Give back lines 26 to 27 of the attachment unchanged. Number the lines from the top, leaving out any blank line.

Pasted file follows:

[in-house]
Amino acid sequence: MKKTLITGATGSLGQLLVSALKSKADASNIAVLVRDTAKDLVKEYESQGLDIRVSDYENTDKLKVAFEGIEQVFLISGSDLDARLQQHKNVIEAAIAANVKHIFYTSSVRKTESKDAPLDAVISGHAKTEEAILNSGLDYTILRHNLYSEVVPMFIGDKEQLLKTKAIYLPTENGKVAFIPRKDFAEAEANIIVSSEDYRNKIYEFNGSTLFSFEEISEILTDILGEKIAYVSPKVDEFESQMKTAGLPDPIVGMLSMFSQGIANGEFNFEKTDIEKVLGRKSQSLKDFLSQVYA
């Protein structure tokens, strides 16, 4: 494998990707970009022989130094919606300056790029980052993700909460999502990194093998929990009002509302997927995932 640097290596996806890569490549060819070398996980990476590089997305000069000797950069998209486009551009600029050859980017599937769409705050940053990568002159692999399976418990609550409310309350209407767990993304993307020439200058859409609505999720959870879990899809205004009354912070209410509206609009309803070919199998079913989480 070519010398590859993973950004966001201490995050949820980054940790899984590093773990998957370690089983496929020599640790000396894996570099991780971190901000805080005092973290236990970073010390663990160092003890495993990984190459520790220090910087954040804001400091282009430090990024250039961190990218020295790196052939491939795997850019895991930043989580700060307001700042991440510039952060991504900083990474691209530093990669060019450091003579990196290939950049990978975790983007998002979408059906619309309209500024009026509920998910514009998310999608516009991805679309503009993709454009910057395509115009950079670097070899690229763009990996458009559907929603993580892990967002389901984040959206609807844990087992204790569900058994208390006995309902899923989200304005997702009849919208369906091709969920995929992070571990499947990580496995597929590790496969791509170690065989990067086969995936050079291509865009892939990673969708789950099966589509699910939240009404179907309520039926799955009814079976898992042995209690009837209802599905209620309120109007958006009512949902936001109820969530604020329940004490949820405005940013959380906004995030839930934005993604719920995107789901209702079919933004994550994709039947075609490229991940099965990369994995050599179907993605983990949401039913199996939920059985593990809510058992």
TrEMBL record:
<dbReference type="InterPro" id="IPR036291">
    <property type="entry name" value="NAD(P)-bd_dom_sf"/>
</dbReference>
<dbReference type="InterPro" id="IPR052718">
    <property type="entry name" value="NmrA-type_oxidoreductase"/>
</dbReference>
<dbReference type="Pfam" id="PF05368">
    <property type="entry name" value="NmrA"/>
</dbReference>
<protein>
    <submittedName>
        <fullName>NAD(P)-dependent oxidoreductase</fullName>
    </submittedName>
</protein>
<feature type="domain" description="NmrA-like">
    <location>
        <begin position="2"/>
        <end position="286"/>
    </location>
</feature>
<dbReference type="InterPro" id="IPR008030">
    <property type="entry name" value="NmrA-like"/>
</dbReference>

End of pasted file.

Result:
    <property type="entry name" value="NmrA-like"/>
</dbReference>